Is a personal learning environment opposed to the institutional infrastructure, or is the latter a part of the first? How can institutions support personal learning environments? And does the PLE concept mean that IT-departments and instructional design units finally do not have to deal any longer with learners’ messy and unnerving requests for infrastructure? Or, on the contrary, will the IT departments have to embrace open learning solutions like WordPress and support, e.g., “blogfarms” for teachers, students, and service units?

As Dave Cormier point out, the simple antagonism of PLE and LMS oversimplifies the idea of learners’ control: “It is easy to see the transition to PLE as the ‘rebel yell’ of education. . . . It is an easy vision to have as the discussion around PLEs is often put in opposition to LMSs and this often degenerates to “institution bad, learn on your own.” While this is a very interesting debate, it is not the same as the debate around learners managing their own learning content” (Cormier, 2010).

Wendy Drexler (2010) reflects upon the learning environments of teachers and students and develops a model for the networked K-12 student. “These include academic social contacts, synchronous communication, information management, and really simple syndication (RSS). Social contacts include teachers, classmates, students outside of the class, and subject matter experts. Synchronous communication refers to video conferencing and instant messaging. Information management activities include locating experts, evaluating resources, accessing scholarly works, and finding other open educational resources (OER). RSS encompasses blogging, subscription readers, podcasts, wikis, social bookmarking, and other social networks. Students will not necessarily make use of every subcategory; however, this list represents the tools available to the student for constructing a personal learning environment on a specific topic of study.”

Martin Weller (2010) investigates the “centralization dilemma” for IT departments in educational institutions. He proposes “that we move away from a centralised learning environment to a more distributed personal learning environment, which is constituted from a variety of existing third party tools” (p.3). At the same time Weller sees a natural tension between innovative educators who want a more liberal technological policy and the institutional reflex to control the technological environment. Weller concludes with a solomonic advice one should keep in mind for the next IT-department meeting. “This tension is not necessarily a negative force … forces the ‘centralists’ to engage with new technologies and to improve existing offerings, while making the ‘decentralists’ aware of many of the subtle issues around institutional responsibility and support” (p.8.).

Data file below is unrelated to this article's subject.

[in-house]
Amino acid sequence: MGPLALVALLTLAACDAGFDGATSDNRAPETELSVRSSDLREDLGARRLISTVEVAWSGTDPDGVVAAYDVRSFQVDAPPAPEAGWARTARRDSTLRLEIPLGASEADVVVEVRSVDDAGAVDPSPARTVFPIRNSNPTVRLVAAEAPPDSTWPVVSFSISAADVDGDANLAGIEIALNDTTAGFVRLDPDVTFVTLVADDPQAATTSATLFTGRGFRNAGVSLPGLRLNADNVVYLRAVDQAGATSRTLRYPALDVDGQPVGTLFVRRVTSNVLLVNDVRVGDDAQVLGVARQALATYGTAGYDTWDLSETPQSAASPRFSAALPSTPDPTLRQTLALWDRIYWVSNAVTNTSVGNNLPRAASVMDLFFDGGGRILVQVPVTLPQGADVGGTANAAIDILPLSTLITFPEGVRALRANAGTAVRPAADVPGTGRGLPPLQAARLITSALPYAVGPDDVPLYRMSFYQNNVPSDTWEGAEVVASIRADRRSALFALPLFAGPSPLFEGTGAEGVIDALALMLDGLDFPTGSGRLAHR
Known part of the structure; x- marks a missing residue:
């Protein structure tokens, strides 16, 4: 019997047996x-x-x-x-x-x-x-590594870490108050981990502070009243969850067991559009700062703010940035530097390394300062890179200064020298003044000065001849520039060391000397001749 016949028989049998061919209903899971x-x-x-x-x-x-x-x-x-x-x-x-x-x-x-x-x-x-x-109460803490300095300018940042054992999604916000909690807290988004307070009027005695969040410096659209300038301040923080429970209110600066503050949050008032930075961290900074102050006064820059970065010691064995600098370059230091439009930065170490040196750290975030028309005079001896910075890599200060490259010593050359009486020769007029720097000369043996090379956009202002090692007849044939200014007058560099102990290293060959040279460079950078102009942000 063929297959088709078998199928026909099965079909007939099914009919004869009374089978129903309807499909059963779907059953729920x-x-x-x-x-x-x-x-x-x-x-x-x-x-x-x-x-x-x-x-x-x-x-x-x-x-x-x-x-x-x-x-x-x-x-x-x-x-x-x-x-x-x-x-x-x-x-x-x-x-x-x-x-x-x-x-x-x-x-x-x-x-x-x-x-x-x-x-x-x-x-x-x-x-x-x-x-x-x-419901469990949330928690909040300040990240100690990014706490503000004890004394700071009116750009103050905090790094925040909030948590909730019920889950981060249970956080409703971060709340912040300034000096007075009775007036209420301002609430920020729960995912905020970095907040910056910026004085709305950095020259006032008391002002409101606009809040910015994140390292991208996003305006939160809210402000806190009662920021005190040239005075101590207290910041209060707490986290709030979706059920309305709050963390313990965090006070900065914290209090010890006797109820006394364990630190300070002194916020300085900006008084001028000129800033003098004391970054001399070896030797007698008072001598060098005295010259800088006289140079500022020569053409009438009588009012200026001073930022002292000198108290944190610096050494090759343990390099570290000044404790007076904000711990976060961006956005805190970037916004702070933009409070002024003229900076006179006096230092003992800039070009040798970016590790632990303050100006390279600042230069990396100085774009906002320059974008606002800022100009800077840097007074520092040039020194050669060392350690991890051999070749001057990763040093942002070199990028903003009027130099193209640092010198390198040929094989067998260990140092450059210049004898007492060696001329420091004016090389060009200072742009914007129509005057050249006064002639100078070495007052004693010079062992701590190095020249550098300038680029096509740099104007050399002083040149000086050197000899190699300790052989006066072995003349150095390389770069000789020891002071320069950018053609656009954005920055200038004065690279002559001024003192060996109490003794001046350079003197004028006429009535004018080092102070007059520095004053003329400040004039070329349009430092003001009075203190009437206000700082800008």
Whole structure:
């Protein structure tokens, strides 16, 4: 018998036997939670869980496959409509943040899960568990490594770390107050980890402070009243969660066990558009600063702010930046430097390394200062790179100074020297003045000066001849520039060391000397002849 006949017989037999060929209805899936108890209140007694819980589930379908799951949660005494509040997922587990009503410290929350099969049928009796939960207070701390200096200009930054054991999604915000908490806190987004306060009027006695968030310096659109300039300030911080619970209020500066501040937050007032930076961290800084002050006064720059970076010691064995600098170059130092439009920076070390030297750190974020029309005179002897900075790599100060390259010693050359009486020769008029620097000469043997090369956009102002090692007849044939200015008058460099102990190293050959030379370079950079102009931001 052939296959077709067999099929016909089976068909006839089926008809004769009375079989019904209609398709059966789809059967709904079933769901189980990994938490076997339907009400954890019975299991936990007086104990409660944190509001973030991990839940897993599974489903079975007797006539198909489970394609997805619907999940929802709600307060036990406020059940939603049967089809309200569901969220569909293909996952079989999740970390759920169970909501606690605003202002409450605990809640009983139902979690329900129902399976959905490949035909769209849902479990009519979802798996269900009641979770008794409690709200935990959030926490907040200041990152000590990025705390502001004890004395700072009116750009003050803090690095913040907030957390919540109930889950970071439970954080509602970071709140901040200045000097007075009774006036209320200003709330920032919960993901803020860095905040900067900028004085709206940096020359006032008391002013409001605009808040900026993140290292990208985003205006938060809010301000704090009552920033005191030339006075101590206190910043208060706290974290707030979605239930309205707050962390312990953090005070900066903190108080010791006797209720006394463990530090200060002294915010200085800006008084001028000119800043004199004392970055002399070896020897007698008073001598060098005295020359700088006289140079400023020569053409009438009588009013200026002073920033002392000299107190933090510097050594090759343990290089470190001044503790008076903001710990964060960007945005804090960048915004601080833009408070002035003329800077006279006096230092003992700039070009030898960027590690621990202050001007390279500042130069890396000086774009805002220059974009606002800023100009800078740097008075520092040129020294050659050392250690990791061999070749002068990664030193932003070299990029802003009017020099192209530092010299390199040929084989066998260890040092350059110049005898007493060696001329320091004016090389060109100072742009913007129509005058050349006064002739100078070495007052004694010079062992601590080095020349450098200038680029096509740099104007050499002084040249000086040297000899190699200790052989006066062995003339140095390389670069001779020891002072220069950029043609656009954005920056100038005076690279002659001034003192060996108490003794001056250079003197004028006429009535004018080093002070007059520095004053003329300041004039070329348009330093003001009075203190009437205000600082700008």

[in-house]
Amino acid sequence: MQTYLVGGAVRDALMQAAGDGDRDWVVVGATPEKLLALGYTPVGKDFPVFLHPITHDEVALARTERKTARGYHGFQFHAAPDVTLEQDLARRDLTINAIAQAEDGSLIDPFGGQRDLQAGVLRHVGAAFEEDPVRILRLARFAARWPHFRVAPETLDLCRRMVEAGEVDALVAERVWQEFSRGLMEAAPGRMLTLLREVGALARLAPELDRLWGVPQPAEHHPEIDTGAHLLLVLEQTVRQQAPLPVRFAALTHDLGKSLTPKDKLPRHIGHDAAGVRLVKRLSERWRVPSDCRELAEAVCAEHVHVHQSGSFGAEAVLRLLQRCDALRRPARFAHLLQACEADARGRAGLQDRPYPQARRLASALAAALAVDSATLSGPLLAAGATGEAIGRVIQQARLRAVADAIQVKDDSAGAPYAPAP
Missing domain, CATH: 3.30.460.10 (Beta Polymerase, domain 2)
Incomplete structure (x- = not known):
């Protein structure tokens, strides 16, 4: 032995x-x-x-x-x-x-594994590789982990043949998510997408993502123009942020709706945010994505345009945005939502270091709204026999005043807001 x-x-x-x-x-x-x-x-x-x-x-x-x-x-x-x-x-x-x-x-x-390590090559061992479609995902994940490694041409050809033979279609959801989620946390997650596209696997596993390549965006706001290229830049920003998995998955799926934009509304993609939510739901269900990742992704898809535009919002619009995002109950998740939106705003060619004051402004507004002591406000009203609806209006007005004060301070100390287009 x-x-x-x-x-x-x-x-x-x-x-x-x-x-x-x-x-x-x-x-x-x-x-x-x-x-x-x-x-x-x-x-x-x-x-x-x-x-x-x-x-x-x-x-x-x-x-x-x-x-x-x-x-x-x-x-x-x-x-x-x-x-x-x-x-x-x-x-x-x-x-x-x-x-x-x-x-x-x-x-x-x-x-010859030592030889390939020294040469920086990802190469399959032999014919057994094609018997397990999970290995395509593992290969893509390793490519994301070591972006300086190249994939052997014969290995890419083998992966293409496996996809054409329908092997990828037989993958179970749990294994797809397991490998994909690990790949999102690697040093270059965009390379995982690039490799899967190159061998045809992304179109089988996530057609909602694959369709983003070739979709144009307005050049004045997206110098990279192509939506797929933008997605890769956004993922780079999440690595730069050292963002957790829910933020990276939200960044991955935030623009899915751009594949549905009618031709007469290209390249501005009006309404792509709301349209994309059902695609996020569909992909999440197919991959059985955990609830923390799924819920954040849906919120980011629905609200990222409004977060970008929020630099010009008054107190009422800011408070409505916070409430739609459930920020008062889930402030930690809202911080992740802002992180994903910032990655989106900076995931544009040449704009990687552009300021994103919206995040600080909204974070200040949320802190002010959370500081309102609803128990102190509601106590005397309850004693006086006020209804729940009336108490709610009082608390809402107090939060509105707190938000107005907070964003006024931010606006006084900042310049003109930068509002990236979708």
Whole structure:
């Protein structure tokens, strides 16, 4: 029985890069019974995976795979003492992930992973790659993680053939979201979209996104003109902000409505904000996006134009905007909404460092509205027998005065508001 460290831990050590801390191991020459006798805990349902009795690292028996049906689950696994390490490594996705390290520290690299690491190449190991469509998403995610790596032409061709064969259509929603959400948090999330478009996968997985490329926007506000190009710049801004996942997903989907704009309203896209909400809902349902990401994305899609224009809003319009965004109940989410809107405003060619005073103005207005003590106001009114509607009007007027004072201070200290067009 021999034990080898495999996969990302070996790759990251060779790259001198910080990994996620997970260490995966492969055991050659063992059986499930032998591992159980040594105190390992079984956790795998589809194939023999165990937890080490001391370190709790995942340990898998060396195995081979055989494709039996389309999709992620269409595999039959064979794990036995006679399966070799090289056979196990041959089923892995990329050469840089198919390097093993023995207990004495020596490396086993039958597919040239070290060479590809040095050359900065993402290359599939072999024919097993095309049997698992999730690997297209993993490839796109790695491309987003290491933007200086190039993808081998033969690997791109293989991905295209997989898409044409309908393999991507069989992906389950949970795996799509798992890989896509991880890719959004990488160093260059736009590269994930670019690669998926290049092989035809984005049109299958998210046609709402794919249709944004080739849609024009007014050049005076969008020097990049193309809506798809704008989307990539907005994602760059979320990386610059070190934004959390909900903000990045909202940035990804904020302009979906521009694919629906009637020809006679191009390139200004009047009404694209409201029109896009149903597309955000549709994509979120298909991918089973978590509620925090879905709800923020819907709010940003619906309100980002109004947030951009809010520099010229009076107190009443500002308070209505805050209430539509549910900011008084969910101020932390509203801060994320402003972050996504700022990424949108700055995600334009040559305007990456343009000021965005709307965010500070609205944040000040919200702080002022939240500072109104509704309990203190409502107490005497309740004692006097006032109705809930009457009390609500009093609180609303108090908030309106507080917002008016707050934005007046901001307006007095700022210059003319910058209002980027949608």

This Week’s Elluminate Conference with Martin Weller

Today’s Elluminate Web conference attracted approximately 95 participants and featured keynote speaker Martin Weller, Professor of Educational Technology at the Open University. Martin frequently writes about educational media, open access and e-learning pedagogy in his personal blog “The Ed Techie.” He talked about how new tools like blogging and other social software applications change research and publication practices, as well as induce new forms of knowledge creation, for example crowdsourcing.

“I don’t really believe in the Net generation stuff,” said Martin. “Start using Twitter or the university will close down. That’s too simplistic. But social software will influence your academic practice, whether you use it or not.”

Further information and reflections of these questions can be found in the Social:Learn Project by the Open University.

2 Responses

  1. […] Ich kann auch dieses Mal nur unregelmäßig bei PLENK2010 vorbeischauen. Um so mehr freue ich mich über Artikel wie diesen von Stefanie Panke, die gleich die ersten beiden Wochen dieses Open Courses zusammenfasst (… und ihr PLENK2010-Abenteuer gleich in einem Comic-Strip festgehalten hat!). In der ersten Woche ging es darum, über die eigene persönliche Lernumgebung (PLE) nachzudenken, was viele Teilnehmer offensichtlich bildlich gelöst haben; in der zweiten (laufenden) Woche geht es um das Verhältnis von institutioneller Infrastruktur und PLE. Gestern gab es zu diesem Thema eine Session mit Martin Weller (Open University), an der ich eigentlich teilnehmen wollte … Stefanie Panke, Educational Technology & Change (ETC), 22. September 2010 […]

  2. Stefanie,
    Wow! I keep returning to your site because I like the way you have set it up and I like the way you are processing and presenting the content that you review.
    I wonder:
    How did you get the tabs along the top?
    Where did you get the comics?
    Good links to good people…Prensky, Keller, Cormier, Downes, Siemens, Zimmerman, Drexler, Aldrich, … and events.
    The content:
    The concept of PLE is one that is evolving, as people use and learn to use the new and emerging technologies. In curating the content from this group over time, I am able to better understand how to use the various affordances (content, technologies, etc) on the Internet to create a PLE that suits my personal/professional needs. I do see the distinction between the PLE and the LMS systems. These systems are designed for different purposes. The LMS is designed to support institutional goals. The PLE is designed by a learner to address a personal or professional goal. I learn from PLE, which suggests that the PLE is designed to support the learning of others. Clearly, those who are proficient using technology are educating others in PLENK 2010. Thank you.